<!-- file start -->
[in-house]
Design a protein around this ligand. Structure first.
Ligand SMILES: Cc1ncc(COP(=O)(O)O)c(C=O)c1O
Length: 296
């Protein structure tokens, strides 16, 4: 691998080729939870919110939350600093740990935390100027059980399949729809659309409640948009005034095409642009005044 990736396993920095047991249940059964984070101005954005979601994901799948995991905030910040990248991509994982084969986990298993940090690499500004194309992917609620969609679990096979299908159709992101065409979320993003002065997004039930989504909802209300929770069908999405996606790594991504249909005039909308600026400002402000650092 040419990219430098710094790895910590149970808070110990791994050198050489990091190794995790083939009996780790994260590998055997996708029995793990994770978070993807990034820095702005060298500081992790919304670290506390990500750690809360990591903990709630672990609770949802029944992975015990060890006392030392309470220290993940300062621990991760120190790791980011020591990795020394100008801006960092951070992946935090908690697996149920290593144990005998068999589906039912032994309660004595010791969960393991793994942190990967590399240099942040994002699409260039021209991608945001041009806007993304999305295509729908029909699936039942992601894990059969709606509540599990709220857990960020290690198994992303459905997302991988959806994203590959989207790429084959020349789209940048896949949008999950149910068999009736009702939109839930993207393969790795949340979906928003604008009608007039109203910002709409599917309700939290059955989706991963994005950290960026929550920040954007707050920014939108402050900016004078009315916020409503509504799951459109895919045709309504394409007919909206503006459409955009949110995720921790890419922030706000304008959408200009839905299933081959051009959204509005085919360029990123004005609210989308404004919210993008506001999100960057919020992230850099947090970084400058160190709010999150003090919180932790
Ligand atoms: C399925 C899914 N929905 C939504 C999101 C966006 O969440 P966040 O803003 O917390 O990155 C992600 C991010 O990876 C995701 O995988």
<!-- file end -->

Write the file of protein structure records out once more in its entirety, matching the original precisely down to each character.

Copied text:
[in-house]
Design a protein around this ligand. Structure first.
Ligand SMILES: Cc1ncc(COP(=O)(O)O)c(C=O)c1O
Length: 296
């Protein structure tokens, strides 16, 4: 691998080729939870919110939350600093740990935390100027059980399949729809659309409640948009005034095409642009005044 990736396993920095047991249940059964984070101005954005979601994901799948995991905030910040990248991509994982084969986990298993940090690499500004194309992917609620969609679990096979299908159709992101065409979320993003002065997004039930989504909802209300929770069908999405996606790594991504249909005039909308600026400002402000650092 040419990219430098710094790895910590149970808070110990791994050198050489990091190794995790083939009996780790994260590998055997996708029995793990994770978070993807990034820095702005060298500081992790919304670290506390990500750690809360990591903990709630672990609770949802029944992975015990060890006392030392309470220290993940300062621990991760120190790791980011020591990795020394100008801006960092951070992946935090908690697996149920290593144990005998068999589906039912032994309660004595010791969960393991793994942190990967590399240099942040994002699409260039021209991608945001041009806007993304999305295509729908029909699936039942992601894990059969709606509540599990709220857990960020290690198994992303459905997302991988959806994203590959989207790429084959020349789209940048896949949008999950149910068999009736009702939109839930993207393969790795949340979906928003604008009608007039109203910002709409599917309700939290059955989706991963994005950290960026929550920040954007707050920014939108402050900016004078009315916020409503509504799951459109895919045709309504394409007919909206503006459409955009949110995720921790890419922030706000304008959408200009839905299933081959051009959204509005085919360029990123004005609210989308404004919210993008506001999100960057919020992230850099947090970084400058160190709010999150003090919180932790
Ligand atoms: C399925 C899914 N929905 C939504 C999101 C966006 O969440 P966040 O803003 O917390 O990155 C992600 C991010 O990876 C995701 O995988």